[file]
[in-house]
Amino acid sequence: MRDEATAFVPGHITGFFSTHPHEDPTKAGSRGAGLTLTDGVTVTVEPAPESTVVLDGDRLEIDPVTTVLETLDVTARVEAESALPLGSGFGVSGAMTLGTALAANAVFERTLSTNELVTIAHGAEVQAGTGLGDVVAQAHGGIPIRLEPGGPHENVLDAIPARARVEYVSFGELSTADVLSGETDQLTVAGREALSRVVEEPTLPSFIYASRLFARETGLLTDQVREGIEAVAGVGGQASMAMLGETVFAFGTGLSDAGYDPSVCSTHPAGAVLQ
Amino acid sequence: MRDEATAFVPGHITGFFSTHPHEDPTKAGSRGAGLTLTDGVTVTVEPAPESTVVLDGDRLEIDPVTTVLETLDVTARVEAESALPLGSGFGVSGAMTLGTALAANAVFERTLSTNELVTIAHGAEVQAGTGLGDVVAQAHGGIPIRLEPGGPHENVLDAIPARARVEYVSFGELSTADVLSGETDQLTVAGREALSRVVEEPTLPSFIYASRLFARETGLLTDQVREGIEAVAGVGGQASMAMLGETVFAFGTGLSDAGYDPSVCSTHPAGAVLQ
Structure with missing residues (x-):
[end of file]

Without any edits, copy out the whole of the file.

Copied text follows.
[in-house]
Amino acid sequence: MRDEATAFVPGHITGFFSTHPHEDPTKAGSRGAGLTLTDGVTVTVEPAPESTVVLDGDRLEIDPVTTVLETLDVTARVEAESALPLGSGFGVSGAMTLGTALAANAVFERTLSTNELVTIAHGAEVQAGTGLGDVVAQAHGGIPIRLEPGGPHENVLDAIPARARVEYVSFGELSTADVLSGETDQLTVAGREALSRVVEEPTLPSFIYASRLFARETGLLTDQVREGIEAVAGVGGQASMAMLGETVFAFGTGLSDAGYDPSVCSTHPAGAVLQ
Amino acid sequence: MRDEATAFVPGHITGFFSTHPHEDPTKAGSRGAGLTLTDGVTVTVEPAPESTVVLDGDRLEIDPVTTVLETLDVTARVEAESALPLGSGFGVSGAMTLGTALAANAVFERTLSTNELVTIAHGAEVQAGTGLGDVVAQAHGGIPIRLEPGGPHENVLDAIPARARVEYVSFGELSTADVLSGETDQLTVAGREALSRVVEEPTLPSFIYASRLFARETGLLTDQVREGIEAVAGVGGQASMAMLGETVFAFGTGLSDAGYDPSVCSTHPAGAVLQ
Structure with missing residues (x-):